CCT: Threatened Properties Fund

Economic Incentives



***State funding for Threatened Properties Fund Grants is suspended until further notice. ***


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Threatened Properties Fund Grants Overview (TPF)

The State Historic Preservation Office (SHPO) offers Threatened Properties Fund Grants (TPF) for historic resources which have been damaged by unanticipated man-made or natural acts and circumstances beyond the owner’s control, including: acts of nature, fire, vandalism, etc. TPF grants are available to Connecticut municipalities and 501(c)3 and 501(c)13 nonprofits to be used for the restoration or stabilization of Connecticut’s historic resources which are listed in the State or National Registers of Historic Places.

TPF grants are accepted by invitation only. 

Pre-Applications will be accepted on a rolling basis and will be reviewed by SHPO staff.  If a pre-application is approved, an invitation to apply will be provided to the applicant.  The formal TPF grant application will be reviewed and recommended by the Historic Preservation Council and will be sent to the Advisory Committee on Culture and Tourism for approval.

  • Grant awards range from $2,500-$100,000, based on funding availability;
  • Grant awards must be matched on a one-to-one basis;
  • In-kind services and donations can be used toward the matching amount-however all in-kind services must be pre-approved by SHPO;
  • Matching funds cannot be funds from the State of Connecticut. Federal funds or other non-state funds may be used;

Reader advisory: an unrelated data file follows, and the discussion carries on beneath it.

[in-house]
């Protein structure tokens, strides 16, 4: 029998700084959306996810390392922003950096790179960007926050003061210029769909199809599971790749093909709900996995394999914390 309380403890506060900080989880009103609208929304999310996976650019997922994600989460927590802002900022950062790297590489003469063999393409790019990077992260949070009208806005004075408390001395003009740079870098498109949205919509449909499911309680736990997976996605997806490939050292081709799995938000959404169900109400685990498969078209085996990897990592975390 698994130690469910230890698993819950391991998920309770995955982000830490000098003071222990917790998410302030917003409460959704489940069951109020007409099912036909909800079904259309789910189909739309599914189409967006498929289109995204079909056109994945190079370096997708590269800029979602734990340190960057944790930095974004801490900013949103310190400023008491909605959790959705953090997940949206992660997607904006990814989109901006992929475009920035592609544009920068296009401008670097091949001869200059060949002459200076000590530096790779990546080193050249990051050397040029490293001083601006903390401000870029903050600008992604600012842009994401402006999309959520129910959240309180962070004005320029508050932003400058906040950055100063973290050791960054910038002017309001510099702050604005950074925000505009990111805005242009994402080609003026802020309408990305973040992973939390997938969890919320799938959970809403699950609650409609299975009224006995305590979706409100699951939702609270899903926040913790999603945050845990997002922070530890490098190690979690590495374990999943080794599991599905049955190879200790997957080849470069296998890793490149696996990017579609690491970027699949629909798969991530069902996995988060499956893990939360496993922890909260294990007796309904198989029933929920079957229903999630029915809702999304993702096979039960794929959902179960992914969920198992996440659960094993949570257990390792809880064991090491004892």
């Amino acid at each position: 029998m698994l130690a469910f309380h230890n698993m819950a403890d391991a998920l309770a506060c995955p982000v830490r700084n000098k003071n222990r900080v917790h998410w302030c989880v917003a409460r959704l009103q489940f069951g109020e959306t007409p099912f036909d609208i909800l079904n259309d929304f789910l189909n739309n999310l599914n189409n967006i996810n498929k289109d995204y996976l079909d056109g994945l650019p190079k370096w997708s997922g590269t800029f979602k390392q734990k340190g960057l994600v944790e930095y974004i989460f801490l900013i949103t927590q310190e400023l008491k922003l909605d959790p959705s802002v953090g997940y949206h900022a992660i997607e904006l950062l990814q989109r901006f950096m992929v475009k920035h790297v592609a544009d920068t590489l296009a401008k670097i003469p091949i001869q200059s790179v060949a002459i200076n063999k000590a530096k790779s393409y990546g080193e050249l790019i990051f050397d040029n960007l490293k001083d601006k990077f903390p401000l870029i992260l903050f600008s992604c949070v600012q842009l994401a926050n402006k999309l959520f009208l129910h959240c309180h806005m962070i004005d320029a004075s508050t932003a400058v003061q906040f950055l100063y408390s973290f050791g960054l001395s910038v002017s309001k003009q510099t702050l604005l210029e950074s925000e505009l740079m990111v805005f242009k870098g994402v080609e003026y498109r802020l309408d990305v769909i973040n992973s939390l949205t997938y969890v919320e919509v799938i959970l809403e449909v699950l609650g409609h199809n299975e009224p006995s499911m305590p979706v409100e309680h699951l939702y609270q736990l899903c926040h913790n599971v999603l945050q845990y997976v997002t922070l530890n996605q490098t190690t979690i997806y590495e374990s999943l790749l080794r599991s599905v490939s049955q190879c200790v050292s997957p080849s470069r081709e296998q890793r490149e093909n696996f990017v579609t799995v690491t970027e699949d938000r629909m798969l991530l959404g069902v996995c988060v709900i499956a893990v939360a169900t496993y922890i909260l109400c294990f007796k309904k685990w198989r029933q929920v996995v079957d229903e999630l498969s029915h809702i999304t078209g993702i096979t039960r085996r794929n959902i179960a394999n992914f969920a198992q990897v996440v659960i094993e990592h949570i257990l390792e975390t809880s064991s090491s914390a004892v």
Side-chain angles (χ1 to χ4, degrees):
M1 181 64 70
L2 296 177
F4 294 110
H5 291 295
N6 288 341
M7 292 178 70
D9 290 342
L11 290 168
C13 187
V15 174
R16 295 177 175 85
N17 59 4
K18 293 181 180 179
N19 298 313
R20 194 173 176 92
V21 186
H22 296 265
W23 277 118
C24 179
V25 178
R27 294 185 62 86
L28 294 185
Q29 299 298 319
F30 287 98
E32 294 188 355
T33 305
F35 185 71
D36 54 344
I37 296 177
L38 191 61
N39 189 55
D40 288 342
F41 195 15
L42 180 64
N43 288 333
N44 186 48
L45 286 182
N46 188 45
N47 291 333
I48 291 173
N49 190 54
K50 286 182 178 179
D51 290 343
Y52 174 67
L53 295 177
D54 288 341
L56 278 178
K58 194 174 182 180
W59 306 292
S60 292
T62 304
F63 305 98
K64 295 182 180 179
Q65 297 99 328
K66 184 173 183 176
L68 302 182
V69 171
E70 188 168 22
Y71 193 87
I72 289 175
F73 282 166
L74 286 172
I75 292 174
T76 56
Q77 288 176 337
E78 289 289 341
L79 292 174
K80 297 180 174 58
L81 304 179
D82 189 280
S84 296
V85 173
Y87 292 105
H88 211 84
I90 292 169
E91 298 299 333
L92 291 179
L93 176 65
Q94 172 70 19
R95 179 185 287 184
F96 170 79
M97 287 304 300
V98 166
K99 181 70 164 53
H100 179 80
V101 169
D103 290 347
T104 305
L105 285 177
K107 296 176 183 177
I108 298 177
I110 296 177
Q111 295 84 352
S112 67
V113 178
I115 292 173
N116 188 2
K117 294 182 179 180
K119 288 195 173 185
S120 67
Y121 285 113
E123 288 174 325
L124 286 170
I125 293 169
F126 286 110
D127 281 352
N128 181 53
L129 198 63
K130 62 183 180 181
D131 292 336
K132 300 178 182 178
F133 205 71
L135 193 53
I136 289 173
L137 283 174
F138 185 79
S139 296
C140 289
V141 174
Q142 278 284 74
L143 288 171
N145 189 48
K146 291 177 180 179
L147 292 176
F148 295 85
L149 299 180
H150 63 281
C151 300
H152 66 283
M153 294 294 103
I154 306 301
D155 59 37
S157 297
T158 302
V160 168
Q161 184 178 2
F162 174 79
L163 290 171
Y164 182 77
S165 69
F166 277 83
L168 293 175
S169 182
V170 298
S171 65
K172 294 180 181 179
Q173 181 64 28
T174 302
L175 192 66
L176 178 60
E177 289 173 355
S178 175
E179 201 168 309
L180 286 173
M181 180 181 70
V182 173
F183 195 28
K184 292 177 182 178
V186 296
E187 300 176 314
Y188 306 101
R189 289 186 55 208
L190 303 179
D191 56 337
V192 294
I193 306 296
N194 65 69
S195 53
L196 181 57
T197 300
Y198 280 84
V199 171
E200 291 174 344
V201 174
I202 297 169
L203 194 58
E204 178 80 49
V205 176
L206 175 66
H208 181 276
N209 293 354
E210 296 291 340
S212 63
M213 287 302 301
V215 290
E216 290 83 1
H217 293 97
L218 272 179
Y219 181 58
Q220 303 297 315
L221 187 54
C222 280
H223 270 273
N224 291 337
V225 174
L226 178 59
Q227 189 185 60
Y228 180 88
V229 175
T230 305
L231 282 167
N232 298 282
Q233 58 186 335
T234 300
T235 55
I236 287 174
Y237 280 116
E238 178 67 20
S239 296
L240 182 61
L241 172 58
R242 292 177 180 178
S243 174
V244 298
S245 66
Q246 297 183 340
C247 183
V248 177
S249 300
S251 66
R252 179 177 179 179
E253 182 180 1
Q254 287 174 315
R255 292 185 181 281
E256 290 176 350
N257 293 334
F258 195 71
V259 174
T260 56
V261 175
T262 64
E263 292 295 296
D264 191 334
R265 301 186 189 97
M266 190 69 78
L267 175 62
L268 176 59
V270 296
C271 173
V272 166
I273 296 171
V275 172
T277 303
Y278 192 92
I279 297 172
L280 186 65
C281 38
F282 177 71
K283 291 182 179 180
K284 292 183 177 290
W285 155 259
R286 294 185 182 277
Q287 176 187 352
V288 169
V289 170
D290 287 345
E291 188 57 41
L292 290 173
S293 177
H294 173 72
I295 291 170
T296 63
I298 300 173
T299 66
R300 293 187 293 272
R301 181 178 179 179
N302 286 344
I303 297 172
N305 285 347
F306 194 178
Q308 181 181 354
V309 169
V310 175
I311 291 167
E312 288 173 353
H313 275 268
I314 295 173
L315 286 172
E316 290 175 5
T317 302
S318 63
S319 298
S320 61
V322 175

• Pre-development costs and architectural fees are eligible expenses;
  • Contractors and consultants must be publically bid according to DECD procedures;
  • Work completed prior to the execution of the Contract/Assistance Agreement is not eligible toward this grant;
  • Facilities must be open to the public or work must be visible to the public;
  • A preservation easement of limited duration must be placed on the property following completion of the project;
  • 25% of the grant award will be paid to the grantee at the time of the execution of the grant Assistance Agreement, subsequent progress payments will be made on a payment schedule developed between the grantee and SHPO; and
  • Project work must be consistent with the Secretary of the Interior's Standards for the Treatment of Historic Properties
TPF Grants are funded by the Community Investment Act.  The Community Investment Act (also known as Public Act 05-228) was signed into law on July 11th, 2005 and provides increased funding for open space, farmland preservation, historic preservation and affordable housing.
 
TPF grants require a preservation consultant, either a Historical Architect or Structural Engineer who meets the Secretary of the Interior’s Professional Qualifications Standards as published in the Code of Federal Regulations, 36 CFR Part 61.   These grant funds can be used to hire a preservation consultant according to DECD’s Professional Services Selection Process (see Appendix C).  The consultant will design plans and specifications to be reviewed and approved by SHPO before construction begins.
 
Contractors must also be publically bid according to DECD’s Bidding, Contracting & Construction Guidelines (see Appendix D).
 
The use of state and/or federal funds requires an open bidding process.  Contractors cannot be pre-selected and any potential contractor cannot play any role in the design of the project or application.
 
Grantees may only have one active TPF grant at a time.  Any existing grants must be officially closed before a new application is submitted to SHPO.
 
 
 
 
Pre-Application and Application
Both the pre-application and application for TPF grants are available online.  The pre-application can be accessed by clicking on the below link:
 
 
 
Guidelines
The Guidelines were created to assist in completing the application. 
 
 
 
 
 
Scoring
 
Threatened Properties Fund Scoring Sheet
 
 
 
Resources